Cheshire Proverbs 6: Tied by the Tooth / Llyffethr wellt

Tied by the Tooth /
Llyffethr wellt

Bridge’s number 324, page 124

Dairy cattle relaxing at 4am on a misty morning in a Churton field in June 2021

 

Sheep on Craig yr Aderyn in midwest Wales

Bridge explains that this proverb refers to the fact that “sheep and cattle will not break through fences or try to wander if the pasture of the field in which they are grazing is very good.”  He had obviously not run into any pigs, which are extreme escape artists.

Bridge wonders which came first – the English or the Welsh version of the proverb, but both Cheshire and north Wales are prominent areas for the grazing of livestock, so it could have come from either.  Certainly around many areas of the Cheshire Plain the fields are full of rich pasture favoured by cattle, and the Welsh foothills and highlands are much better for sheep that graze on much sparser vegetation.

It sounds very much like the better known proverb in which the route to the male heart is reputed to be via his stomach.

Cattle grazing below Beeston Castle

A similar proverb in Bridge is “Hanged hay never does cattle” (Bridge 159, page 64).  The word “does” in this context derives from doesome, which means “thriving,” and hanged hay for is feed bought from a supplier and will probably be supplied very meanly to the cattle because of the cost, to the detriment to the cattle.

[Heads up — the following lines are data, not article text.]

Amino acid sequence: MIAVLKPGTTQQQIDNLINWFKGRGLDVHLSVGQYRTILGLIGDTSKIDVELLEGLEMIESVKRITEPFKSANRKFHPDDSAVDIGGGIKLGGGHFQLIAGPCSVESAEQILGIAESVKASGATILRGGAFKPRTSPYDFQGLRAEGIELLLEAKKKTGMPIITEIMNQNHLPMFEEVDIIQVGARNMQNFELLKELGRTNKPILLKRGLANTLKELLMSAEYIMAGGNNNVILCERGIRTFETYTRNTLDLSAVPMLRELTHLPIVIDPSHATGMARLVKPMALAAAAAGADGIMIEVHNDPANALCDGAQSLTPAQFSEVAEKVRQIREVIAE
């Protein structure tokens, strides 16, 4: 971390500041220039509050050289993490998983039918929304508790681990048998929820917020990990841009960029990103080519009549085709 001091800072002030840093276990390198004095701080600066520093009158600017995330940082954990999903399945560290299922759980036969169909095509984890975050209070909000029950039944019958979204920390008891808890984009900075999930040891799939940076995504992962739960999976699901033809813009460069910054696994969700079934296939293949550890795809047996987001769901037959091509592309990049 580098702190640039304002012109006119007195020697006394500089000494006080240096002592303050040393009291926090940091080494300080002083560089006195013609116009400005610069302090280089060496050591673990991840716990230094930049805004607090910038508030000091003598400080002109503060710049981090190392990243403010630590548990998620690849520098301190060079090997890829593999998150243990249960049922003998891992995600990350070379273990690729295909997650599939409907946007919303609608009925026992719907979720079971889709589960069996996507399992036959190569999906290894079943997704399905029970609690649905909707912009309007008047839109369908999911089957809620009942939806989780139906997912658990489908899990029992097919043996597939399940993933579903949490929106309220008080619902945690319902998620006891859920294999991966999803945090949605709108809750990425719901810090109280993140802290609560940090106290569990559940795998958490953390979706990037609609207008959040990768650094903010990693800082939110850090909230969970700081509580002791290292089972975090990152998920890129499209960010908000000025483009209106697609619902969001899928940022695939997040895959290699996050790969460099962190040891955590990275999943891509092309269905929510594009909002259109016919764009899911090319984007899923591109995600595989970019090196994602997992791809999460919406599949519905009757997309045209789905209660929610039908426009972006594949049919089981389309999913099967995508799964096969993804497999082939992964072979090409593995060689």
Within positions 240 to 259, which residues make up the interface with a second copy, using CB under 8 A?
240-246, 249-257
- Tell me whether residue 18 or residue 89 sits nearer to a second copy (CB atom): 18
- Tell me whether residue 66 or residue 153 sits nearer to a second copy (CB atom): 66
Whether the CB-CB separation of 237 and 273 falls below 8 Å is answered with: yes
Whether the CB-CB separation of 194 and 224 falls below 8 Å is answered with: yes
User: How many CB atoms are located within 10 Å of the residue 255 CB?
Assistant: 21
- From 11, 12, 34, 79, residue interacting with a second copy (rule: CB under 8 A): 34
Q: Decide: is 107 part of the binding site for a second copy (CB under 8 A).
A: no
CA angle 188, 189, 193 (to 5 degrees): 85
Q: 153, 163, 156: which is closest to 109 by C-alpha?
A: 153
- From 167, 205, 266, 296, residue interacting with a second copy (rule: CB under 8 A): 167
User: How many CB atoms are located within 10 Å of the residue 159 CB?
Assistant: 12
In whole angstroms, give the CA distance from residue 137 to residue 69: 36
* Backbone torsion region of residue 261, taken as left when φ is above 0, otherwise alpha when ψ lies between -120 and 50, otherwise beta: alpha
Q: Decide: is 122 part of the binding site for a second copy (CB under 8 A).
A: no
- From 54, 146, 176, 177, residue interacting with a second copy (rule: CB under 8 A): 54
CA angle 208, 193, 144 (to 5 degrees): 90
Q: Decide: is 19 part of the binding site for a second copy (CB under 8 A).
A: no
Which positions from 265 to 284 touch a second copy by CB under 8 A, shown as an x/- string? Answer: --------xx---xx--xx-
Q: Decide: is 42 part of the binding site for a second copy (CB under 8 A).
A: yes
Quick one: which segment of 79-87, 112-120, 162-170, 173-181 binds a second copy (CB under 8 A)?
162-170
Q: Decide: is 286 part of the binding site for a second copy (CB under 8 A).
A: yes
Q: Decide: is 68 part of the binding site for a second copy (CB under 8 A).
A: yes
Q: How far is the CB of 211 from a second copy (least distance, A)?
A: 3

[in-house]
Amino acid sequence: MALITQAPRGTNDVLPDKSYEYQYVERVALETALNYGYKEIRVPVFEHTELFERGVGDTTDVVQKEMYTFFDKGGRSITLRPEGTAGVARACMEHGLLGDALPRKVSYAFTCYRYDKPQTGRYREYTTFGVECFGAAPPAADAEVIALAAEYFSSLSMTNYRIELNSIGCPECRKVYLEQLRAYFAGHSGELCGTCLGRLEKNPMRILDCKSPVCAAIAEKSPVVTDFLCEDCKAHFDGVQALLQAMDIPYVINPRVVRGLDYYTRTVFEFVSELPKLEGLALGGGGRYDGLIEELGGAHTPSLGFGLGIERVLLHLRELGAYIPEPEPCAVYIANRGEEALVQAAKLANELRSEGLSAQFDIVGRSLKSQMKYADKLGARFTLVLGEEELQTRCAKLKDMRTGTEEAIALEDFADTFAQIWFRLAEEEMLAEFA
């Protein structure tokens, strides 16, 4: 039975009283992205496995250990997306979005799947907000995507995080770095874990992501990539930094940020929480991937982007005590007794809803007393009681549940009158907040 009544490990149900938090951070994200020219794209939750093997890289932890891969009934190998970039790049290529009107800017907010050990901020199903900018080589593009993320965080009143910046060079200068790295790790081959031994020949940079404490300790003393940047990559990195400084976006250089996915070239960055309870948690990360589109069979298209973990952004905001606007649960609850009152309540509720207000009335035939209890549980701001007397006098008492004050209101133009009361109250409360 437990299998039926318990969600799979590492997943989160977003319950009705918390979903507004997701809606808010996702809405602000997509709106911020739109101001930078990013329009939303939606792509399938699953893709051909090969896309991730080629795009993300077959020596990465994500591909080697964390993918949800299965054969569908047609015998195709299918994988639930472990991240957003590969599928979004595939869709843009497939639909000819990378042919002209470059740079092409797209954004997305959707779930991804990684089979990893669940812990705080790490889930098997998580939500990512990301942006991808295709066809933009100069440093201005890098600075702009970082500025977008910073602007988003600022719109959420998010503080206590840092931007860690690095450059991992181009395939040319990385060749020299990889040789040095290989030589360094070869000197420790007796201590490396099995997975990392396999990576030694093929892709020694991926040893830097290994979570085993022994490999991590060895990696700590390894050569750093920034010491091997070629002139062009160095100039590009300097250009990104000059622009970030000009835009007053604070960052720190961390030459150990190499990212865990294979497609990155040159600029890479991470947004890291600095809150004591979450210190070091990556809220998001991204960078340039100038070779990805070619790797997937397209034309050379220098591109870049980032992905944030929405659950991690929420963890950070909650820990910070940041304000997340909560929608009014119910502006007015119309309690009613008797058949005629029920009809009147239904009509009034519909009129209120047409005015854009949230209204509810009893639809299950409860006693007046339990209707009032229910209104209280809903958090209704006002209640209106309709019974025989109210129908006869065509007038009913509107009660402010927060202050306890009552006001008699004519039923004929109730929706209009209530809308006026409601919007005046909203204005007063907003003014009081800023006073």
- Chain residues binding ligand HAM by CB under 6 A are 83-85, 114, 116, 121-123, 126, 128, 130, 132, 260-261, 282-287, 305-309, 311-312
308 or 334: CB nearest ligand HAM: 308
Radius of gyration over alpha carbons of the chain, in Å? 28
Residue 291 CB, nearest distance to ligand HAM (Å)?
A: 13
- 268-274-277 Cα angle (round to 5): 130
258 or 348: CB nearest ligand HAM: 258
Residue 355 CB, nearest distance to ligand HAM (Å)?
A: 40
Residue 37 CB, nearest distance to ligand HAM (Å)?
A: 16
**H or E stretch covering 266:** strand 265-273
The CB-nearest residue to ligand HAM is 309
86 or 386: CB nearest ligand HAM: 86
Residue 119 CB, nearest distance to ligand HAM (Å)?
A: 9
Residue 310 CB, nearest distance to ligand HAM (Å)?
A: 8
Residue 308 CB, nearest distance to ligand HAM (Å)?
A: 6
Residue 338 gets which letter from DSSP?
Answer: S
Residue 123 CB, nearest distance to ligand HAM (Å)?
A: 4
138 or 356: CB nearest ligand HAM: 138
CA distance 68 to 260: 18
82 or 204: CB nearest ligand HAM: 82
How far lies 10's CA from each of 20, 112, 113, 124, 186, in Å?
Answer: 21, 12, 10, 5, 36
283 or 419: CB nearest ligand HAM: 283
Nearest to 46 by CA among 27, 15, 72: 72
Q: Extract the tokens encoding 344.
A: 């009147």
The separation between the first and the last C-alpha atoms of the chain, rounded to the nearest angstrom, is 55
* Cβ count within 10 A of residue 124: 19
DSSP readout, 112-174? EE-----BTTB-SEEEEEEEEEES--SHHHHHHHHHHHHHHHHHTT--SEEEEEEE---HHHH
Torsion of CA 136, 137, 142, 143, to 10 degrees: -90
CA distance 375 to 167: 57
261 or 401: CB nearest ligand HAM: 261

Both proverbs also resemble another of Bridge’s Cheshire proverbs (no. 208 on p.80, and no.159, p.64):  “A doesome child paises its pasture,” meaning that the health and wellbeing of a thriving child is credit to his or her food, and perhaps, by extension, to the care of the parents that provide the food.  The word “paise” comes from late Middle English and means to be “balanced” or “poised,” but in this context it may be a mistaken reading of “praise.”

For more about J.C. Bridge and this Cheshire Proverbs series, see Cheshire Proverbs 1.

For the other proverbs in the series, click on the Cheshire Proverbs label in the right hand margin.

Dairy cows grazing in a field in Churton

2 thoughts on “Cheshire Proverbs 6: Tied by the Tooth / Llyffethr wellt

  1. williambyrnesbtinternetcom

    Reminds me of the medieval proverb “ If in Cheshire thou should’st be/ And thou art a fair Lady/ Come share a Churton Egg with me.” Or its re-gendered equivalent “ If in Cheshire thou should be/ and art a stalwart swain and free/ six Churton Eggs I’ll give to thee.” Close textual analysis reveals not only the gendered bonding priorities prevalent in that period but, the perhaps unconsciously acknowledged , disparity in the mating tariff which seems to have applied.

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    1. Andie Post author

      Brilliant – love it, particularly the “stalwart swain and free”. A very unequal tariff, unless Churton has started producing ostrich eggs for the fair ladies and quail eggs for the stalwart swains.

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